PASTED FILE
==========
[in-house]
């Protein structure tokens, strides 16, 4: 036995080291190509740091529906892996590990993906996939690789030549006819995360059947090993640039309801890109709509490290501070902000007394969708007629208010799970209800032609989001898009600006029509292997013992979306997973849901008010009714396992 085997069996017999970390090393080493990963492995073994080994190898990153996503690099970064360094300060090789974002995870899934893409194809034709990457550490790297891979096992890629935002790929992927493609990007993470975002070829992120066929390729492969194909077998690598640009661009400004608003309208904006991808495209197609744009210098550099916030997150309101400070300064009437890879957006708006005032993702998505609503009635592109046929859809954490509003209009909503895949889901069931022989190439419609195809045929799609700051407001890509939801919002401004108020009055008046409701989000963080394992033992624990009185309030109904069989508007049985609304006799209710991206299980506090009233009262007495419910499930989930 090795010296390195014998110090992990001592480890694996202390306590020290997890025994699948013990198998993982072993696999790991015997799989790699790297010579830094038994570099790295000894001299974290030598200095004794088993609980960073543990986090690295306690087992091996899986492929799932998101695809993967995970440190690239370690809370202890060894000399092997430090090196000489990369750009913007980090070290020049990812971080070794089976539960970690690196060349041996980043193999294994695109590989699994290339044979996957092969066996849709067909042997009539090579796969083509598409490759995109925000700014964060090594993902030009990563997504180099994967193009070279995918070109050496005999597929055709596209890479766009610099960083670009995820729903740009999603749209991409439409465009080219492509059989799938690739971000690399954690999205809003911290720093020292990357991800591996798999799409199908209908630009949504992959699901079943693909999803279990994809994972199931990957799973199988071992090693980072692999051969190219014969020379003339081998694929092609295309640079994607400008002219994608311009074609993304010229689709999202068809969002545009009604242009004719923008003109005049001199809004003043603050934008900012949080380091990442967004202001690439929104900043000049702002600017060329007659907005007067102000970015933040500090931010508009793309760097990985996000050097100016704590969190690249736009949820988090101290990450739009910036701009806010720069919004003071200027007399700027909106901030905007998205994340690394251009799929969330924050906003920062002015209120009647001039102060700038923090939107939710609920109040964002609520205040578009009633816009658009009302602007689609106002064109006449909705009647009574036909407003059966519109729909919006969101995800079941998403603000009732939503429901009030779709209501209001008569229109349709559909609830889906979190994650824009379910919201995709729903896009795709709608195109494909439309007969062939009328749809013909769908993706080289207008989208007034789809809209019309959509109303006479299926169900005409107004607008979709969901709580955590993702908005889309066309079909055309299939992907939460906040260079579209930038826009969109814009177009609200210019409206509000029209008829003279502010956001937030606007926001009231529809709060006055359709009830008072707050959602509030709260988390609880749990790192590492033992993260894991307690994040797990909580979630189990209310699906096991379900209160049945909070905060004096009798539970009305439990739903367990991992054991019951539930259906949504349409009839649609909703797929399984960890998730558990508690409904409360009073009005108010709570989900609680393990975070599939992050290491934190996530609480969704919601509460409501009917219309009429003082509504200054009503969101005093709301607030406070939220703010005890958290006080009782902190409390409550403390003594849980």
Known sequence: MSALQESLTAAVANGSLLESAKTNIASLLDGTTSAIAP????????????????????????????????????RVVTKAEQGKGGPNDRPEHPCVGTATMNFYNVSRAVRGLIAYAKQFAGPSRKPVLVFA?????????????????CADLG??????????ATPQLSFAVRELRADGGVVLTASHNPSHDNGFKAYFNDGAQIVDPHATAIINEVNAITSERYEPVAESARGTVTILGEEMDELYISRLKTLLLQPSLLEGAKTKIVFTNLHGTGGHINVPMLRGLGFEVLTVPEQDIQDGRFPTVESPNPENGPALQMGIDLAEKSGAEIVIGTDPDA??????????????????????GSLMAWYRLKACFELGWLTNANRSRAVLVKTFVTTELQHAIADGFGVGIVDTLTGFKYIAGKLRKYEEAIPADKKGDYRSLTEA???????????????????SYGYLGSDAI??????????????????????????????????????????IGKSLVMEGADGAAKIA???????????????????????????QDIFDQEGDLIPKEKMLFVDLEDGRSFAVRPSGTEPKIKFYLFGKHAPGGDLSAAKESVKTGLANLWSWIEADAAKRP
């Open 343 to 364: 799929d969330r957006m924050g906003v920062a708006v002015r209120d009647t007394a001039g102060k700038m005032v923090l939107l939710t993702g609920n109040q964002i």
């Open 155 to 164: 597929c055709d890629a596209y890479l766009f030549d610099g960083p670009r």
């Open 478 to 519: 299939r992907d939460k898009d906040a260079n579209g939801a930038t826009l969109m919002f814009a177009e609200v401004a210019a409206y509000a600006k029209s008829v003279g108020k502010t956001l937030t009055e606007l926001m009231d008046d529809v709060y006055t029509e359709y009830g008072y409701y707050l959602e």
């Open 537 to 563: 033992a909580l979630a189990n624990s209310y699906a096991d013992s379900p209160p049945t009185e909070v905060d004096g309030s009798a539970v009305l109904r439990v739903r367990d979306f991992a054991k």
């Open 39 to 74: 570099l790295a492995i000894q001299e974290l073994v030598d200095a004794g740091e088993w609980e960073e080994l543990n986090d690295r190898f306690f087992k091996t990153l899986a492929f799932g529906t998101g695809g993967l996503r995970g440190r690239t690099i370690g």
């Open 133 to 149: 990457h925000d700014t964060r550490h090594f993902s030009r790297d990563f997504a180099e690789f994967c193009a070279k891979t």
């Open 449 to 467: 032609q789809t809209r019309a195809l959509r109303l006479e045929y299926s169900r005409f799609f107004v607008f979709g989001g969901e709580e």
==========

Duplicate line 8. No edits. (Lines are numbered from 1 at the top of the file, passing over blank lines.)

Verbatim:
């Open 39 to 74: 570099l790295a492995i000894q001299e974290l073994v030598d200095a004794g740091e088993w609980e960073e080994l543990n986090d690295r190898f306690f087992k091996t990153l899986a492929f799932g529906t998101g695809g993967l996503r995970g440190r690239t690099i370690g």